Parkinson’s disease is a long-term degenerative disorder of the central nervous system. While some cases can be attributed to genetic inheritance or environmental factors, the majority of cases are considered idiopathic—having no specific cause. However, chemists from Konstanz sought out to develop a complex series of experiments that examined the effects of changing a single amino acid in a protein involved in the manifestation of Parkinson’s disease with great success.
“We hope that the finding of this selectively defective membrane binding will help us to understand how Parkinson’s develops on a molecular level. Ultimately, this will facilitate the devising of therapeutic strategies,” outlines Julia Cattani, a doctoral student who played a major role in the success of the research.
The protein in question is named alpha-synuclein and is found in abundant quantities in the human brain. While its exact biological function is not known, it is closely linked to Parkinson’s disease—alpha-synuclein protein “clumps together” in the nerve cells of Parkinson’s patients. The protein consists of a chain of 140 amino acids, and in the rare case of hereditary inheritance of Parkinson’s disease, one of these 140 components has been replaced. The researchers have only now found out the influence these selective changes in the protein sequence have on the behavior of alpha-synuclein.
In order to experiment and find out more about these selective mutations, the chemists—with the help of electron paramagnetic resonance spectroscopy—applied tiny magnetic probe molecules to various places on the alpha-synuclein protein, of which they could then measure the rotation of these nanomagnets. They discovered that at every spot where the protein binds to a membrane, the rotation of these magnetic probes slows down. Knowing this, the researchers were able to precisely determine when and where a binding to the membrane takes place and when it does not. Additionally, an important clue for the molecular context of Parkinson’s disease discovered was the disturbance of the membrane binding of alpha-synuclein.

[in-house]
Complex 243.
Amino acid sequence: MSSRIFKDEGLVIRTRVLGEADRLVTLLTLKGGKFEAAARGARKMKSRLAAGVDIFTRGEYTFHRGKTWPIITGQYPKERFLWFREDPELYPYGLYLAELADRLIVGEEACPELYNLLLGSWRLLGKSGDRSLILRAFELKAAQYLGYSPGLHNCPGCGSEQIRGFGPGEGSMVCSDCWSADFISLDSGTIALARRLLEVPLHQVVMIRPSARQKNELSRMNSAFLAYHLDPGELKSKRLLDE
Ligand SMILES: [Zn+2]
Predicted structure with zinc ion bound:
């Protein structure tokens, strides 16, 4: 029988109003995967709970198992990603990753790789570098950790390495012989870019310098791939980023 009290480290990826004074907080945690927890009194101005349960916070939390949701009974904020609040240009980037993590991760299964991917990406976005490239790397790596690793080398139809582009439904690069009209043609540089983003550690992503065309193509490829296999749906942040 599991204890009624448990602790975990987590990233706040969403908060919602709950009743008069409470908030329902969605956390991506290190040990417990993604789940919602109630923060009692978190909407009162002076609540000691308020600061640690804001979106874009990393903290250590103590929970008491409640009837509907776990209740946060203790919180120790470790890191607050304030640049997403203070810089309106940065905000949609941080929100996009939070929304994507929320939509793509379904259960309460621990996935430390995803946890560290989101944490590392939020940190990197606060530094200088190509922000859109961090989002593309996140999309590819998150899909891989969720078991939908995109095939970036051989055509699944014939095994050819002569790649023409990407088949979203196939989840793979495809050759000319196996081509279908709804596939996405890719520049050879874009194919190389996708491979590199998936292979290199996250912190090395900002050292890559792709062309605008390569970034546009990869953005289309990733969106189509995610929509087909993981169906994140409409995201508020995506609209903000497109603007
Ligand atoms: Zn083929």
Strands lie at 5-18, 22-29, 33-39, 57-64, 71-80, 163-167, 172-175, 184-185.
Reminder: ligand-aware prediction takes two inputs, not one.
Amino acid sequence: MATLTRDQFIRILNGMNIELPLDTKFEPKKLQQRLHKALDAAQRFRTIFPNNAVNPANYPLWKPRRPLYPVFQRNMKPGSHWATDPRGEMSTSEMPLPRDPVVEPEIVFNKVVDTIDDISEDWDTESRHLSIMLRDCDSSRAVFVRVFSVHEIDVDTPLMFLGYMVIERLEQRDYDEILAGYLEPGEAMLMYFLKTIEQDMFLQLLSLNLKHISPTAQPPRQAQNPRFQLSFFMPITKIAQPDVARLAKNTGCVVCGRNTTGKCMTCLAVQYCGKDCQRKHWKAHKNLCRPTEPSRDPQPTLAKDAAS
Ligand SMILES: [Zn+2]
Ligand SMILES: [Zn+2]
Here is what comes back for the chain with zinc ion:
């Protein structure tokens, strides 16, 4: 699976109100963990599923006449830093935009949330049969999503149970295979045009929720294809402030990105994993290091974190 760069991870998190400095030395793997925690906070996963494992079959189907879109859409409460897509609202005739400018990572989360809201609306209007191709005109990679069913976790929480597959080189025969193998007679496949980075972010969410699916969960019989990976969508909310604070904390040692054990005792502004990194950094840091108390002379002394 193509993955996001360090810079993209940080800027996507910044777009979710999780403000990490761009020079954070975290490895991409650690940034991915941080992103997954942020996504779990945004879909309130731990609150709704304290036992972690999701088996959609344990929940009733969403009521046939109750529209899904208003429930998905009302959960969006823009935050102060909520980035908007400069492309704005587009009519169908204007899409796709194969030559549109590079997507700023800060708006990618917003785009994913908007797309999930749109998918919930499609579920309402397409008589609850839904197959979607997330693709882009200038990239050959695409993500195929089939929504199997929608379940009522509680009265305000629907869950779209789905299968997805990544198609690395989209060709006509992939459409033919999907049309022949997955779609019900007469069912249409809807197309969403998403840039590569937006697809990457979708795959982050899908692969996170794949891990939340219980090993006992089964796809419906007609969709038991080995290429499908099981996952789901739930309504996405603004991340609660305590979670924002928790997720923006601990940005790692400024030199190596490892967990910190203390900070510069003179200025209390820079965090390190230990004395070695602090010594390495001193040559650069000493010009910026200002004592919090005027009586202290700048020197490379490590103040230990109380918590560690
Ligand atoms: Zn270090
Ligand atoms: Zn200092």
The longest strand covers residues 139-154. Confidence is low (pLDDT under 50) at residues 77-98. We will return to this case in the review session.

“We went to great lengths, performing over 200 spectroscopic experiments, the results of which we compared with our models by means of a specially developed simulation algorithm. The outcome certainly compensated our efforts,” says Julia Cattani.
Research results can be found in the prestigious specialist Journal of the American Chemical Society.
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